Communities Belong Together; Networks Exist Separately
Networks and communities may sound like very similar things, but the differences in them can have an unbelievable impact on how organizations function. Creating communities takes time, dedication, and leadership. As we studied this topic for our ebook on the Five Pillars of Community the benefit over a network became clear.
When organizations take a step back and reconsider what communities they are growing, rather than what network connections they have at their disposal, they can begin to put their organization in a place where everyone shares common interests, motivations and a vision for success. However, before anyone can establish a community, it's important to define and understand the difference between both; we can then build communities and motivate the people in them to have even greater impact!
According to Merriam Webster Dictionary, a network is “a usually informally interconnected group or association of persons (such as friends or professional colleagues).” A community is “a body of persons of common and especially professional interests scattered through a larger society.”
At first glance, these definitions may sound similar, but there are a few key words that stand out. Based on these definitions, a network is associated with “a usually informally interconnected group” whereas a community is built up with “a body of persons of common and especially professional interests.” Those two words, informally and common go a long way in understanding the difference between community and network.
Networks, although still important for creating solutions and progress, don’t carry the same impact because networks are individualized per person. Networks are people who may or may not carry the same beliefs or interests, but they do share the connection of knowing each other. Networks are sometimes about who you know, rather than why you know them. If organizations are built upon networks of people, but not a joined community, there can be a huge disconnect from leaders at the top, to employees at the bottom.
A community is more than a network because within those communities of people, everyone shares a common interest or goal. People are a part of this organization, cause, or experience because there is something similar in it for everyone. That community might also believe in a similar purpose or motivation for why they are doing things. People stay connected in a community, and leaders of those organizations make a dedicated effort to get to know their people within the community.
According to Kiki L’Italien, CEO of Association Chat, “the reason why the word belonging probably comes back to me over and over is because it's also that you want to be part; you opt in. I can be part of somebody else's network but I haven’t necessarily said I opt into; I just know that person. But say if I’ve opted in to belonging to something or being a part of a community, whether that's a learning journey [or] we share the same values but we choose to also connect over those, that choice to belong is an important part of community.”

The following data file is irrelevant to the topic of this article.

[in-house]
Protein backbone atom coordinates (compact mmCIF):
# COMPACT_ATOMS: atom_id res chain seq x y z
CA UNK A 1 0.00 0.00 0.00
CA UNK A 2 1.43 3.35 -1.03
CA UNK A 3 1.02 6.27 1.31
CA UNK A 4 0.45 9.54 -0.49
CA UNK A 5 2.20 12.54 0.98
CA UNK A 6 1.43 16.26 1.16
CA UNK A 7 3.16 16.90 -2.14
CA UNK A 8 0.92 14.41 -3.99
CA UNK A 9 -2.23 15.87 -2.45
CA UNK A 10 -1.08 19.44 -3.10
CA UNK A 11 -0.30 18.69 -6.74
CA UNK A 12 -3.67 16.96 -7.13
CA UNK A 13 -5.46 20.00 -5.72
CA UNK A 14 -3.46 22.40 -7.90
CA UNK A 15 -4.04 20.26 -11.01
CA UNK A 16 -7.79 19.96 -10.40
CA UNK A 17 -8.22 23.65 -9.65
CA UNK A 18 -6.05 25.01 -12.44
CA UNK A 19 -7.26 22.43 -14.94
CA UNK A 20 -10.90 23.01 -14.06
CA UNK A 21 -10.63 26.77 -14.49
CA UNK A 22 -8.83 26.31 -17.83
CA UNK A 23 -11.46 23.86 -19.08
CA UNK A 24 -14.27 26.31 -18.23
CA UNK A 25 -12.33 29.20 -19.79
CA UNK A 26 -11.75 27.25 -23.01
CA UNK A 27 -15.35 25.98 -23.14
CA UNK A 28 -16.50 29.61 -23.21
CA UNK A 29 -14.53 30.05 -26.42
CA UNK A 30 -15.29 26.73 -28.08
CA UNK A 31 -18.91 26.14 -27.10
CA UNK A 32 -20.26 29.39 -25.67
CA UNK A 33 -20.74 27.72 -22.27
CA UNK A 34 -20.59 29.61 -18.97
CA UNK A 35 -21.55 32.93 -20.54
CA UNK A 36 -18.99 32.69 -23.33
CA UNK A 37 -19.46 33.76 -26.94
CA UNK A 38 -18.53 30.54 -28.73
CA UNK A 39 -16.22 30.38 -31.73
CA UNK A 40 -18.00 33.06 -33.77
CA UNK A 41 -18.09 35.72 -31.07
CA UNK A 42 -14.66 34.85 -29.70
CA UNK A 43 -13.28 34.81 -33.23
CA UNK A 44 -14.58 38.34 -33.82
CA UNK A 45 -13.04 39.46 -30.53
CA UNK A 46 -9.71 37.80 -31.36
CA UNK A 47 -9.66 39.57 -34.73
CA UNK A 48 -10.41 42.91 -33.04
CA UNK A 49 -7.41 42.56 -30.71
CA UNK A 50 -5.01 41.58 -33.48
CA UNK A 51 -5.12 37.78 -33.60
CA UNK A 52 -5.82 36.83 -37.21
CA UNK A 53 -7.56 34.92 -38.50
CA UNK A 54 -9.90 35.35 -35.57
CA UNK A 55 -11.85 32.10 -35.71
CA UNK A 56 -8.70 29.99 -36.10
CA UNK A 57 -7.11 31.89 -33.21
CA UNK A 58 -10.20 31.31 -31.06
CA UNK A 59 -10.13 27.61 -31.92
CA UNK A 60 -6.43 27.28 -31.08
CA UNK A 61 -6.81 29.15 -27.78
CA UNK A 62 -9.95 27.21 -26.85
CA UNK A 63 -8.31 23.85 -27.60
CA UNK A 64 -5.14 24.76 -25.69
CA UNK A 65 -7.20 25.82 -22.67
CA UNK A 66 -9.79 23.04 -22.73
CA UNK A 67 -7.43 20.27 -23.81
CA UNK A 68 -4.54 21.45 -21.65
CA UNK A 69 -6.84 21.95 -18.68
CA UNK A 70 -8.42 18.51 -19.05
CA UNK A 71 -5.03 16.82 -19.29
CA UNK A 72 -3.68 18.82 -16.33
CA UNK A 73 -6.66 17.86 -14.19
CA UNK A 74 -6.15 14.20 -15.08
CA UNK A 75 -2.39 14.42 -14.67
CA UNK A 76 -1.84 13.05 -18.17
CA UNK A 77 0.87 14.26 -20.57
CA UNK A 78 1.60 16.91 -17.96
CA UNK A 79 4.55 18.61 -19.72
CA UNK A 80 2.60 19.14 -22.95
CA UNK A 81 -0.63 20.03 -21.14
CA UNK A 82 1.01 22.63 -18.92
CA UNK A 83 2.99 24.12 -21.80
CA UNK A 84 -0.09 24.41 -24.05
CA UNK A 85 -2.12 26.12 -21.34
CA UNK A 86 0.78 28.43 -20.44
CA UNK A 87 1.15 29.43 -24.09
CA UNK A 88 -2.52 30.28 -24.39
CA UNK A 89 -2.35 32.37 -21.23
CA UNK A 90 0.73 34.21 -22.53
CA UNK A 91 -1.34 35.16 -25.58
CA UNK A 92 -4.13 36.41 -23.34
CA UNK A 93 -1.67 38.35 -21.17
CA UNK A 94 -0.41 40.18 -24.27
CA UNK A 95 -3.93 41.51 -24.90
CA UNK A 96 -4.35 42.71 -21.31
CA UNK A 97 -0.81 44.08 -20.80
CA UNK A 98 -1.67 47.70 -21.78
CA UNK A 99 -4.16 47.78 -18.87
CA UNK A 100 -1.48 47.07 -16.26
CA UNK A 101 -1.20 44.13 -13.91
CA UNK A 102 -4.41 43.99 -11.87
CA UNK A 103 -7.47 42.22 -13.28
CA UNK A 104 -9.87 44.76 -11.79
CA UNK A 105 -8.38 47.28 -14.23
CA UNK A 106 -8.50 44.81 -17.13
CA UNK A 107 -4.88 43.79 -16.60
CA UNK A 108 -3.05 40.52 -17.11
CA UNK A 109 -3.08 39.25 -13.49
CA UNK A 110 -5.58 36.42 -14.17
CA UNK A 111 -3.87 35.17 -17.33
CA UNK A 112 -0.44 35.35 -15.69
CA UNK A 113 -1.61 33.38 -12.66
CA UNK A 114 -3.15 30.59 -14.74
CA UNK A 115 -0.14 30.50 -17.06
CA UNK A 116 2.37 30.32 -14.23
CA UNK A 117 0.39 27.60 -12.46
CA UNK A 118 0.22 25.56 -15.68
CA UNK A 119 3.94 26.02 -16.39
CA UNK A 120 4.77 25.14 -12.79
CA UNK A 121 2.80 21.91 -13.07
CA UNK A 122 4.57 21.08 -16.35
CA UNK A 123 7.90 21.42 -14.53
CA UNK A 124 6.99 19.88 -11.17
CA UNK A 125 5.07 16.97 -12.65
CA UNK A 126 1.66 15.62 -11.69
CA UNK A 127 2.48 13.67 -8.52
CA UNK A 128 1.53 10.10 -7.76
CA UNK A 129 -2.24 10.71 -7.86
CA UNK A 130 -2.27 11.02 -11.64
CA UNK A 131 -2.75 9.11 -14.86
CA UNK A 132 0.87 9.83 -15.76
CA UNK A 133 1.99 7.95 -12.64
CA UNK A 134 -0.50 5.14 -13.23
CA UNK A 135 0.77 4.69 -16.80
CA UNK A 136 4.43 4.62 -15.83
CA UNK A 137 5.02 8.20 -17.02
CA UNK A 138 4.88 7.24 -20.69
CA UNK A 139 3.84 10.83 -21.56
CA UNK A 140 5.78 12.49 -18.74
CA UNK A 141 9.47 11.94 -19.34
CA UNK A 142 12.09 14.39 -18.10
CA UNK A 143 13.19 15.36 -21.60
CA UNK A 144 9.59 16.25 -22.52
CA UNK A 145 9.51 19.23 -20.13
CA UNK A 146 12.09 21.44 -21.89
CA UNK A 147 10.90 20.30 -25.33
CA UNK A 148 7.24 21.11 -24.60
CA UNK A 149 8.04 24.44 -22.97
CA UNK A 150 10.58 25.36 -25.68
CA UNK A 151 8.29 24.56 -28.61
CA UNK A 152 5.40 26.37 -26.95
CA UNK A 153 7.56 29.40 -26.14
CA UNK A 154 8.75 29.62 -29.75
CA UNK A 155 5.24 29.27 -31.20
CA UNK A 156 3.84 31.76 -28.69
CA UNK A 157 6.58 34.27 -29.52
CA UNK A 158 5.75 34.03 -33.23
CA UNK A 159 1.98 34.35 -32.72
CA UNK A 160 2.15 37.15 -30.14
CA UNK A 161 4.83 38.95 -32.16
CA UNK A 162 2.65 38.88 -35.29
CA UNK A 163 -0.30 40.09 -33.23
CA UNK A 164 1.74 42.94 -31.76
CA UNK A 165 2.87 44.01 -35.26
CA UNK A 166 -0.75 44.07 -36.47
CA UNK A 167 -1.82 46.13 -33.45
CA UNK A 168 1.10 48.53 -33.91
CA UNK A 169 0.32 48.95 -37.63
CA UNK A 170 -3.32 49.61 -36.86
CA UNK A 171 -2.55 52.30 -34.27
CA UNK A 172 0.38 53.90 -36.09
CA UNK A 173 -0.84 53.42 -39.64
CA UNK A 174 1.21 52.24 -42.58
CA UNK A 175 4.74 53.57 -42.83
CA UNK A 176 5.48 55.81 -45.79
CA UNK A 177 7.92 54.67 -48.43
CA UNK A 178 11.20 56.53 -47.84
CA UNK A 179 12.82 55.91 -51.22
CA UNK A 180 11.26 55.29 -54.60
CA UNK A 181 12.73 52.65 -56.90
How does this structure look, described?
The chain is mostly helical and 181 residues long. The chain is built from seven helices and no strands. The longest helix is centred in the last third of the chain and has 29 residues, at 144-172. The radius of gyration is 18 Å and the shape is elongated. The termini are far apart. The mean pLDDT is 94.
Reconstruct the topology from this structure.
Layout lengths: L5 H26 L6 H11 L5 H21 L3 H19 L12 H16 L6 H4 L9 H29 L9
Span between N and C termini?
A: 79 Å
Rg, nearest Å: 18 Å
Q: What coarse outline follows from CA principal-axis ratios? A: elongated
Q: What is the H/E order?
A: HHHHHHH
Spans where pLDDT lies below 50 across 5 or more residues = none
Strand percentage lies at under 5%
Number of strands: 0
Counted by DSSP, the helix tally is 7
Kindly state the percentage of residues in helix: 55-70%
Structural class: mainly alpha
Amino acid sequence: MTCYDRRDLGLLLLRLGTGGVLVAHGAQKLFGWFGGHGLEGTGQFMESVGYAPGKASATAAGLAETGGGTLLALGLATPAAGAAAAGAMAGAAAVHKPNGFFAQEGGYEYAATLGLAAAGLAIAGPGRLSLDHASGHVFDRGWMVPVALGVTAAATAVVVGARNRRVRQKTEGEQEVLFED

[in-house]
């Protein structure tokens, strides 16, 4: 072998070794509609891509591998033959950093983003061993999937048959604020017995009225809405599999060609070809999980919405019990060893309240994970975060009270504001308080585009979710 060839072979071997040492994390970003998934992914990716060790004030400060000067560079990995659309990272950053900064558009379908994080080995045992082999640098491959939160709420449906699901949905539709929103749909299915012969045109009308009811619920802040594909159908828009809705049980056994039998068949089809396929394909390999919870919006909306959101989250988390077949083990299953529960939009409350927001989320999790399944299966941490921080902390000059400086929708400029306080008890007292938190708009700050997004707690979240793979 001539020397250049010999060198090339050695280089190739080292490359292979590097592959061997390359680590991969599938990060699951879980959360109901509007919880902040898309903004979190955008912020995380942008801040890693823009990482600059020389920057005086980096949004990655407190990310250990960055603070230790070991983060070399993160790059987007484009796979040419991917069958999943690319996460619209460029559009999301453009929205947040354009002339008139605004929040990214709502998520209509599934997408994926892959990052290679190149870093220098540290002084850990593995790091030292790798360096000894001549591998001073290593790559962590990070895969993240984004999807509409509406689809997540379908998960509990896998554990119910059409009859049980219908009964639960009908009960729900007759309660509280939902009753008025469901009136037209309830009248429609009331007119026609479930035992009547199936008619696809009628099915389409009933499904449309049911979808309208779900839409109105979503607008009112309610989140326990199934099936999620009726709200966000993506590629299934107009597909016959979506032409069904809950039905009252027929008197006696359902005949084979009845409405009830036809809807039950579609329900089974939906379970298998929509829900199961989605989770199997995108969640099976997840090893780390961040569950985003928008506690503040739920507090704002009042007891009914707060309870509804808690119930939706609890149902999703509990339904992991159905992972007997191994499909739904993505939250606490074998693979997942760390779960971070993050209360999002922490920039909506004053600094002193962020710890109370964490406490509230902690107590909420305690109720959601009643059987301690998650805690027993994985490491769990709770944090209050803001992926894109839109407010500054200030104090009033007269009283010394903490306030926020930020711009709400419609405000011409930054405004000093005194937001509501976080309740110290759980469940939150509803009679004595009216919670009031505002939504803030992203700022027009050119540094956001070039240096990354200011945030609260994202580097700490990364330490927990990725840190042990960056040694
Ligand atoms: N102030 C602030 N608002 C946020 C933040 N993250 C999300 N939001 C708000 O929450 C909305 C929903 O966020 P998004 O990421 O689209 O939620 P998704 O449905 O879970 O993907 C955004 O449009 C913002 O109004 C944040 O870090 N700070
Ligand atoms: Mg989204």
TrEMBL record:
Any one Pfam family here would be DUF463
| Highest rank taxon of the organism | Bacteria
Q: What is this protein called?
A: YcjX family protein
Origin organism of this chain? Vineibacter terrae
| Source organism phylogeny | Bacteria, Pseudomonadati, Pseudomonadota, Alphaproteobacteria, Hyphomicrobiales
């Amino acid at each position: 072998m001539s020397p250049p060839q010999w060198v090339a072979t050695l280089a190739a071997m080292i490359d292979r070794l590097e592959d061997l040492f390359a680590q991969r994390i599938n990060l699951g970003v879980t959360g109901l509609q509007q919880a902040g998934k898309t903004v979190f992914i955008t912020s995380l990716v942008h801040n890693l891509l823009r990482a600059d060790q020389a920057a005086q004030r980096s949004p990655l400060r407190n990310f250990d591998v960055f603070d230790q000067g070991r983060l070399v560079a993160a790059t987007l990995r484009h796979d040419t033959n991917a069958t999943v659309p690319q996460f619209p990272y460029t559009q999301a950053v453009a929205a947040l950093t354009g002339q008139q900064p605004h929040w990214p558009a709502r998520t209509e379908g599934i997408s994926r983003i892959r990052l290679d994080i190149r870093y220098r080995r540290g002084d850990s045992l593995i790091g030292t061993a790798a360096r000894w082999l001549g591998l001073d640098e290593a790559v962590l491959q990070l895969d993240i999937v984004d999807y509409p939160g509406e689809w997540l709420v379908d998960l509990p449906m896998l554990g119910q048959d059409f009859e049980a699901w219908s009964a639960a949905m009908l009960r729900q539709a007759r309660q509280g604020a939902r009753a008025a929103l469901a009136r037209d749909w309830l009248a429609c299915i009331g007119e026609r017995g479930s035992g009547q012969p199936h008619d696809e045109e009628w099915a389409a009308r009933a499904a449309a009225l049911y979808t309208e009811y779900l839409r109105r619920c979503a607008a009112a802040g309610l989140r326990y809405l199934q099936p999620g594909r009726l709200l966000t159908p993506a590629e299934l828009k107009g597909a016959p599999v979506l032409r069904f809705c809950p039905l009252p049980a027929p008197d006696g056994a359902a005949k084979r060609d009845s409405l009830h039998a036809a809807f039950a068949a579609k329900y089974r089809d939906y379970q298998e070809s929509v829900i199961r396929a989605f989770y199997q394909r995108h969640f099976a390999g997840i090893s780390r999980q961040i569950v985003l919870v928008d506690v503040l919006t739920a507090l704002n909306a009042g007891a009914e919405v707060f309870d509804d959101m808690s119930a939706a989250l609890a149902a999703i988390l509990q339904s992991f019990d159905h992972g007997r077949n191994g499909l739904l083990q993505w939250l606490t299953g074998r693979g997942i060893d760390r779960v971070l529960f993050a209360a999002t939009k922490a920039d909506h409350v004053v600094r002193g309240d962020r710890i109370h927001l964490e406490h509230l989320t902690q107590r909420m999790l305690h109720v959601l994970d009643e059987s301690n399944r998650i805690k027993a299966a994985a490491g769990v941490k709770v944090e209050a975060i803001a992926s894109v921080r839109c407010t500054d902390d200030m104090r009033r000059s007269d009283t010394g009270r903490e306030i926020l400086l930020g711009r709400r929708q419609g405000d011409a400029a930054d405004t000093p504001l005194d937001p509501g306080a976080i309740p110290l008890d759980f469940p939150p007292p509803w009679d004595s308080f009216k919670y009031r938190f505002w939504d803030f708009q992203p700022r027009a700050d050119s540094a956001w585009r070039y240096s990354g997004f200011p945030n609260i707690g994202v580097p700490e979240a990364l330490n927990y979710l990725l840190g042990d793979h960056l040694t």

Looking at a network, or an “informally interconnected group” of people, the whole willingness of belonging is stripped away. Within that network there can be a boatload of connections, but everyone of those connections can have absolutely no common ground or interest.
“Think about how that feels to you to say that you are part of a community versus you’re part of a network. A network, to me, can mean that you know this ongoing list of people that you’re connected with somehow, but it doesn’t necessarily mean that you’re part of a community. Community suggests that there is some sort of sense of belonging where you have this common identity that you find with other people,” says L’Italien in the video series Why Community Matters found here.
How can you build a community vs a network? It’s not easy, but two of the pillars needed are a vision and shared responsibility. Communities form because everyone believes in and latches onto a common motivation, goal, or vision. A vision for the organization is critical to the success of it; we are going here to there for this specific reason and if you can create a community who believes in that same value for the company, you’ve enlisted an army of motivated people eager to create change.
When it comes to shared responsibility, there are many people a part of that community that contributes to the success of it. Many people have different roles and when everyone in the community understands their specific role, community members can see how their role has an impact towards the vision. When members believe in the vision and understand their contribution, that community can be empowered to work together for far greater success than just a network of people.
Networks can speed along business, but sometimes those network connections are all in it for a different reason. If your organization is full of networks of people, most likely everyone doesn’t understand or believe in the same vision, and they certainly don’t understand how their role can affect things. If leaders fail to see where everyone can fit best and fail to communicate the vision of the organization, there is a heavy burden of disconnection within organizations.
Engage and create communities, rather than add to your list of networks. Start connecting and empowering your organization beyond tomorrow.